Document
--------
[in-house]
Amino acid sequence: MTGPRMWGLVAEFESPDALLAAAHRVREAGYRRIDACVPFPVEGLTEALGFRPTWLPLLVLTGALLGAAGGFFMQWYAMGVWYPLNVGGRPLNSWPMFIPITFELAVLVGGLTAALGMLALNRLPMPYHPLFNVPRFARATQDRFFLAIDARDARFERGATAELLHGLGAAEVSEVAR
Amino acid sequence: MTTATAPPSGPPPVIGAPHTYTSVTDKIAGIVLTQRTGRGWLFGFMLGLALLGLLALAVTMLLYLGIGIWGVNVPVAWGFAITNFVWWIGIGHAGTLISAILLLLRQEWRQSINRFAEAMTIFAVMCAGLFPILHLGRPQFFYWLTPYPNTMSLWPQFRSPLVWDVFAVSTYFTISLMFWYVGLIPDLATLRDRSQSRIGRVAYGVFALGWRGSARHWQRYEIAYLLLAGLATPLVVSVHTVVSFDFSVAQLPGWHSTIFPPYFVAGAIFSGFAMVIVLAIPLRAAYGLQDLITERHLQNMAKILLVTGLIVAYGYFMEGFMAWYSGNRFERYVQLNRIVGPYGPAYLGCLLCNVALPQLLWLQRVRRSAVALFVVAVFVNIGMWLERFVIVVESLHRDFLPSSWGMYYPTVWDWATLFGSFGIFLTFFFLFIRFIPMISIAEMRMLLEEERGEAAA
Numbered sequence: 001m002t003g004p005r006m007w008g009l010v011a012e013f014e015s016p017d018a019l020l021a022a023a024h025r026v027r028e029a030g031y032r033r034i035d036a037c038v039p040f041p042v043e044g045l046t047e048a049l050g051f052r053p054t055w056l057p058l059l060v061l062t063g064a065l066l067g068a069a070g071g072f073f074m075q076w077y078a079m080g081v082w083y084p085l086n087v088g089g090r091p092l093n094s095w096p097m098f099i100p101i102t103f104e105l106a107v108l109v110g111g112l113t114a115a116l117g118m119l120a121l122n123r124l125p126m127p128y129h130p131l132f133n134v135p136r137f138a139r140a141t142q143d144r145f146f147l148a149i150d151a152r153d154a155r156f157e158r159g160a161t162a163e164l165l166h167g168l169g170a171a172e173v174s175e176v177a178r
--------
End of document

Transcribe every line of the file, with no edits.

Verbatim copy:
[in-house]
Amino acid sequence: MTGPRMWGLVAEFESPDALLAAAHRVREAGYRRIDACVPFPVEGLTEALGFRPTWLPLLVLTGALLGAAGGFFMQWYAMGVWYPLNVGGRPLNSWPMFIPITFELAVLVGGLTAALGMLALNRLPMPYHPLFNVPRFARATQDRFFLAIDARDARFERGATAELLHGLGAAEVSEVAR
Amino acid sequence: MTTATAPPSGPPPVIGAPHTYTSVTDKIAGIVLTQRTGRGWLFGFMLGLALLGLLALAVTMLLYLGIGIWGVNVPVAWGFAITNFVWWIGIGHAGTLISAILLLLRQEWRQSINRFAEAMTIFAVMCAGLFPILHLGRPQFFYWLTPYPNTMSLWPQFRSPLVWDVFAVSTYFTISLMFWYVGLIPDLATLRDRSQSRIGRVAYGVFALGWRGSARHWQRYEIAYLLLAGLATPLVVSVHTVVSFDFSVAQLPGWHSTIFPPYFVAGAIFSGFAMVIVLAIPLRAAYGLQDLITERHLQNMAKILLVTGLIVAYGYFMEGFMAWYSGNRFERYVQLNRIVGPYGPAYLGCLLCNVALPQLLWLQRVRRSAVALFVVAVFVNIGMWLERFVIVVESLHRDFLPSSWGMYYPTVWDWATLFGSFGIFLTFFFLFIRFIPMISIAEMRMLLEEERGEAAA
Numbered sequence: 001m002t003g004p005r006m007w008g009l010v011a012e013f014e015s016p017d018a019l020l021a022a023a024h025r026v027r028e029a030g031y032r033r034i035d036a037c038v039p040f041p042v043e044g045l046t047e048a049l050g051f052r053p054t055w056l057p058l059l060v061l062t063g064a065l066l067g068a069a070g071g072f073f074m075q076w077y078a079m080g081v082w083y084p085l086n087v088g089g090r091p092l093n094s095w096p097m098f099i100p101i102t103f104e105l106a107v108l109v110g111g112l113t114a115a116l117g118m119l120a121l122n123r124l125p126m127p128y129h130p131l132f133n134v135p136r137f138a139r140a141t142q143d144r145f146f147l148a149i150d151a152r153d154a155r156f157e158r159g160a161t162a163e164l165l166h167g168l169g170a171a172e173v174s175e176v177a178r